We all loved the King Edward baked – it had a crisp exterior and a white fluffy centre, and would have been perfect with sour cream or butter. The Dutch Creams were a little too sweet for me, and Pete thought they were too waxy for baking.  The Kipflers were delicious, and a little firmer in texture than the other varieties.  Big Boy loved the Bintjes – he thought they tasted like a classic chip should.

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This was great fun and highly educational – I’d never realised that potatoes could vary so much. The best part, though, is that we now know which variety to choose for a particular dish; King Edward, Bintje or Kipfler for baking, Nicola for salad, and Bintje or Dutch Cream for mash.  That kind of knowledge is empowering!

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Last Friday, I sweet-talked Glen, the owner of our favourite potato and onion stall at Flemington Markets, into selling me a selection of gourmet potatoes.  He was being very kind – these are usually sold by the kilo, but he let me buy just a few of each to try.  They had about a dozen varieties on offer!

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These are Nicola potatoes, recommended for salads, but also supposedly good for roasting and mashing.  They originated in Germany, but are now grown all over the world.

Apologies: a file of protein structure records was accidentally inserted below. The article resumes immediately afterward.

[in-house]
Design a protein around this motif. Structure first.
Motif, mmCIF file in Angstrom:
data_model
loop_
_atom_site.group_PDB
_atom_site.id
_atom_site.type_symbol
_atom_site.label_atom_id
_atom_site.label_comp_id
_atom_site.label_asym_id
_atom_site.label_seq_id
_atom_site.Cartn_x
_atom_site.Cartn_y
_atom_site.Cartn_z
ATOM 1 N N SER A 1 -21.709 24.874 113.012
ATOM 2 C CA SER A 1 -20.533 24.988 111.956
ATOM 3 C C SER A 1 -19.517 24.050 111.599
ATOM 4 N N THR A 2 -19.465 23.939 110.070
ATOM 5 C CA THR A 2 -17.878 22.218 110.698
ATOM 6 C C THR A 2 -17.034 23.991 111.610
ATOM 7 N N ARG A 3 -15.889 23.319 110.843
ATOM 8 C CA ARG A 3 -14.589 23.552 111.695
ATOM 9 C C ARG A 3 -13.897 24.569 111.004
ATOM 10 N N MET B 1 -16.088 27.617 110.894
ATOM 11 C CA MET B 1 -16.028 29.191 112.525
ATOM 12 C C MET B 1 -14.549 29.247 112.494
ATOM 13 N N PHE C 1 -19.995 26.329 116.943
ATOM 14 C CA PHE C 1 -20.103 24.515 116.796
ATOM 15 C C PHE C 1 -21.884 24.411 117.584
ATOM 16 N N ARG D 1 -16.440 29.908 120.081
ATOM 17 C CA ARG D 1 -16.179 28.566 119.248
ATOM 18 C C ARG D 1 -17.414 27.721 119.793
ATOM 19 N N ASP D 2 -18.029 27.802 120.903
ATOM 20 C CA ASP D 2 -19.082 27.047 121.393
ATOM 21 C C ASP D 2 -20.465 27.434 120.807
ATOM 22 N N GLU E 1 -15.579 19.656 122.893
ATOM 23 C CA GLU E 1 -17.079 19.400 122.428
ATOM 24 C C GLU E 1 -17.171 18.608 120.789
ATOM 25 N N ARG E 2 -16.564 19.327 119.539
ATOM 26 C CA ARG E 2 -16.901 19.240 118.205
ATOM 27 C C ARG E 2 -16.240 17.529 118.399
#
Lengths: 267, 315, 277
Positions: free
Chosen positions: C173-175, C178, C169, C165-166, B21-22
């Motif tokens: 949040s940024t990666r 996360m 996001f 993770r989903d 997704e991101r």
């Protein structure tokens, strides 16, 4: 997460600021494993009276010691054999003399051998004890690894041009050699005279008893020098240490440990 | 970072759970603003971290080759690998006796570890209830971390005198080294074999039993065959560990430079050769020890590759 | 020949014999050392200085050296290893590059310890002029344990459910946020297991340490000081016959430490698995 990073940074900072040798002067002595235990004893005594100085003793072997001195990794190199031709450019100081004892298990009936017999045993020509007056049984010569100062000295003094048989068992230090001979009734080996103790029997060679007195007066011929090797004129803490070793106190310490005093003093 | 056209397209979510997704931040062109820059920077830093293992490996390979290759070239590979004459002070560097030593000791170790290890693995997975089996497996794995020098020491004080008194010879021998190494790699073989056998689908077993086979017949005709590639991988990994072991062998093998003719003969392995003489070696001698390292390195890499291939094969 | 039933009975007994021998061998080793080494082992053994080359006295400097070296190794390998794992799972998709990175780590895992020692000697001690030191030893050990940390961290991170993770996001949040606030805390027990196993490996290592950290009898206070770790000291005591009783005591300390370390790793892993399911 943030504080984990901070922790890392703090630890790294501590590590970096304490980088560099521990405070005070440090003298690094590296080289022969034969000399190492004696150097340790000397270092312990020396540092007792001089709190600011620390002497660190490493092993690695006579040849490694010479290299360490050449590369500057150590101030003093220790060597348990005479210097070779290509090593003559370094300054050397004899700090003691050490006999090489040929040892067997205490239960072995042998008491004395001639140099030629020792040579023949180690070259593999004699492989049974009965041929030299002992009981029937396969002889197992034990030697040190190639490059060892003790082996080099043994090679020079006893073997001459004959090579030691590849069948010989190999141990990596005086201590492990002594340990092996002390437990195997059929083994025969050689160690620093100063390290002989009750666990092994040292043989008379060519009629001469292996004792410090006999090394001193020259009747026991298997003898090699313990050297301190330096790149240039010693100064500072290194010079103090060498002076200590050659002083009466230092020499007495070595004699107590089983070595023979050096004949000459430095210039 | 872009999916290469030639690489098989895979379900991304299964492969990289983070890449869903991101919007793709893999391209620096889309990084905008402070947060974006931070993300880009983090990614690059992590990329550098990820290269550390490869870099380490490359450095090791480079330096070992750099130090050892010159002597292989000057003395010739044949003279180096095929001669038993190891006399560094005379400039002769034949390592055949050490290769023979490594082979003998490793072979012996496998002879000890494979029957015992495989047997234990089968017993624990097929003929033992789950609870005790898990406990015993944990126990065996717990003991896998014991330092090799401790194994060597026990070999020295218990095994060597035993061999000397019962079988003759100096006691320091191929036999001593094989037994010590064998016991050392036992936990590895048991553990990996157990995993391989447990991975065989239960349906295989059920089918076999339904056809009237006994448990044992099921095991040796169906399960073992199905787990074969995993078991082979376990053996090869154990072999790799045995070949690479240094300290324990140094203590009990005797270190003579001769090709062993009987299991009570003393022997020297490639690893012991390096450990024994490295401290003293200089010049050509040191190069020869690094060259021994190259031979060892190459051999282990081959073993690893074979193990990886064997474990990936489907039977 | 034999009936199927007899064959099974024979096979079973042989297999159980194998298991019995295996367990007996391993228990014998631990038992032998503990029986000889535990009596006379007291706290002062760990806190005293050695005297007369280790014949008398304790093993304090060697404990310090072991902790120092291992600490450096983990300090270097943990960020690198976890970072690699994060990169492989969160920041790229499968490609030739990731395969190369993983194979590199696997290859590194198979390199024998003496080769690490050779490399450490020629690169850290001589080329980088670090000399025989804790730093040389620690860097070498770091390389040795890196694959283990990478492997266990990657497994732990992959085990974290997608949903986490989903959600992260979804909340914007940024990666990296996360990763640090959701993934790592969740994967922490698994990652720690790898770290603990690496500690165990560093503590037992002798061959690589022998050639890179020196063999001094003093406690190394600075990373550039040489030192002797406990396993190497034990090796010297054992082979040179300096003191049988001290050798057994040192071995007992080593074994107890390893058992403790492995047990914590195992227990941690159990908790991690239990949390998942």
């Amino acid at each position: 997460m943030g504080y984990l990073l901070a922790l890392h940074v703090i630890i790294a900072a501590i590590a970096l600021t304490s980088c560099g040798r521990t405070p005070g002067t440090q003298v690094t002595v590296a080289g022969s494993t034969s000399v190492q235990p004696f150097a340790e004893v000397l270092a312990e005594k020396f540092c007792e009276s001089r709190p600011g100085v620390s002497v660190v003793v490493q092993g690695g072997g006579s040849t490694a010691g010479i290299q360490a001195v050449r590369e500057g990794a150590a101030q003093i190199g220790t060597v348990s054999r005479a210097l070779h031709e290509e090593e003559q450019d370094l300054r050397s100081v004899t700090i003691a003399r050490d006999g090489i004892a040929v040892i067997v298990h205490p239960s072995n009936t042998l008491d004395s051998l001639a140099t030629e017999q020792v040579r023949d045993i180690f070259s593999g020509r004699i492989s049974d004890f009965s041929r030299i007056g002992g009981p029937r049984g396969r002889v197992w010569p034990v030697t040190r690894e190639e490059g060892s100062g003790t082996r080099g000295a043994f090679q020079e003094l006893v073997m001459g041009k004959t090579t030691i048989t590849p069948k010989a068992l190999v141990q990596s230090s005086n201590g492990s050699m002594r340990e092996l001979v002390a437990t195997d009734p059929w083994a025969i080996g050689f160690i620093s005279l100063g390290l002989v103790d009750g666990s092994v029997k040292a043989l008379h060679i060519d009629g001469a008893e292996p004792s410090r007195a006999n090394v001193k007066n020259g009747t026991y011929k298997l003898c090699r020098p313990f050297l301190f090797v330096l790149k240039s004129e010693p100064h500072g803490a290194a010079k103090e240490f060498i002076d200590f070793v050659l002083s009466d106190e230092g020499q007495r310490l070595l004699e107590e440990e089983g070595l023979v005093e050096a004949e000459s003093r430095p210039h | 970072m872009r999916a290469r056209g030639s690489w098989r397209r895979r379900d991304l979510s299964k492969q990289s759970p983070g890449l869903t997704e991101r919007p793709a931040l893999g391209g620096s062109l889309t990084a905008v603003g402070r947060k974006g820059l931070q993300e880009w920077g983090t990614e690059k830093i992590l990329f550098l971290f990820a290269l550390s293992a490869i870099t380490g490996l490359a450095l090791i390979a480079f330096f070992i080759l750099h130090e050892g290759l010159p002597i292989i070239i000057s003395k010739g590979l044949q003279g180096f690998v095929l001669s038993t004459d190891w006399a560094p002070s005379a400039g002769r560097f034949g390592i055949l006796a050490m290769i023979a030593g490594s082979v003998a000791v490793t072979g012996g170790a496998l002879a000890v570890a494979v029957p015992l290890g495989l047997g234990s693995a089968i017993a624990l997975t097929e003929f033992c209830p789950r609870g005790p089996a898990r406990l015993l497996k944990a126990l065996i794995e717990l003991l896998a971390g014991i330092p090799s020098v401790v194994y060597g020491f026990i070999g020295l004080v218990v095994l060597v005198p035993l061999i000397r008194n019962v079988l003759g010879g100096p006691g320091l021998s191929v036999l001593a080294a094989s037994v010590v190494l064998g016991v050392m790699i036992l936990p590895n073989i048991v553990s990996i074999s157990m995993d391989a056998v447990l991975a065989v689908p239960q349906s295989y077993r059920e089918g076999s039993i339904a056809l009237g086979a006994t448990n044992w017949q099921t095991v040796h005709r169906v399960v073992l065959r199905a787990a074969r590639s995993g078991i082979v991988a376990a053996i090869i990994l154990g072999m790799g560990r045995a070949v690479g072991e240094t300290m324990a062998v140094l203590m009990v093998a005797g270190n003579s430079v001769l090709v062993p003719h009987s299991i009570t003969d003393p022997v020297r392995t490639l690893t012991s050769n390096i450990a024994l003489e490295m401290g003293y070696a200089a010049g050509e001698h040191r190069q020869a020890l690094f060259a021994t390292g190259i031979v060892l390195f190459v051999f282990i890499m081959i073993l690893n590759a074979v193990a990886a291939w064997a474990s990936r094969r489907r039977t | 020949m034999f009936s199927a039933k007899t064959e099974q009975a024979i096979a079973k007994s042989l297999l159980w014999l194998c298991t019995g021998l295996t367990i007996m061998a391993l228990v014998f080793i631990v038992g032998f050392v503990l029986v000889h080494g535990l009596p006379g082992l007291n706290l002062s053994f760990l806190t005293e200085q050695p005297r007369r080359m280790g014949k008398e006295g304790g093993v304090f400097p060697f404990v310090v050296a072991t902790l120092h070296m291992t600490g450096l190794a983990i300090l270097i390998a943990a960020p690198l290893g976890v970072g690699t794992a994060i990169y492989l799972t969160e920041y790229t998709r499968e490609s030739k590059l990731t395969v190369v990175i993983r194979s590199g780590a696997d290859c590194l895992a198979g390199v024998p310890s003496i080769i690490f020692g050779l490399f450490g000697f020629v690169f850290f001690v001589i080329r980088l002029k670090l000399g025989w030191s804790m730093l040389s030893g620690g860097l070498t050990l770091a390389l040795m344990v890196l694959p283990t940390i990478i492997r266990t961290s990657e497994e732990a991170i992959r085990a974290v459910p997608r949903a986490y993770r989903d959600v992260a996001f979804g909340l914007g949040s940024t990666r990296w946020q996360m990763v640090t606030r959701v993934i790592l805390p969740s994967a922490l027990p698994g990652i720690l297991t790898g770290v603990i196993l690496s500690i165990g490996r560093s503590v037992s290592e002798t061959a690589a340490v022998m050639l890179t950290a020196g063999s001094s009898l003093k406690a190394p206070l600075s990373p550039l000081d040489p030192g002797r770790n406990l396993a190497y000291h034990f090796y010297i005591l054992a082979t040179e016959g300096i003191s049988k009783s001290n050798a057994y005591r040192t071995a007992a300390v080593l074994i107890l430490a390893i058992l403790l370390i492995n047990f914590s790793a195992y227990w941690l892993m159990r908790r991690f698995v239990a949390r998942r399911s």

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Next up are Dutch Creams, which have a waxy yellow flesh.  Great for mashing, in soups or as a roasted potato.

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These King Edward potatoes are white fleshed, with interesting pinkish eyes. They aren’t recommended for salads, but are great for mashing or baking, as they’re quite a floury spud.

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One of my favourites – Royal Blue potatoes – they’re the large purplish ones at the back of the photo.  These are a delicious all-rounder, and we use them for mashing, roasting and in soups.  They have a yellow flesh and are similar in flavour and texture to a Desiree.

The ones at the front which look like petrified lumps of dinosaur poop are a variety known as Purple Congo. The flesh is a bright purple colour and very dry.   They need to be boiled and mashed, as a lot of liquid is required to make them palatable.

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These Bintje potatoes originated in Holland – they’re a versatile all-rounder, and the internet tells me that they’re now the most widely grown yellow-fleshed potato in the world.


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And finally, an old favourite – Kipfler potatoes – originally from Austria and now widely available, and one of the better known gourmet varieties.  These are good for just about everything except chips.

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Time to go play in the kitchen!   I think I might start by mashing each type separately, and comparing how they taste.  I’ll report back tomorrow…

Continued here: Gourmet Potatoes #2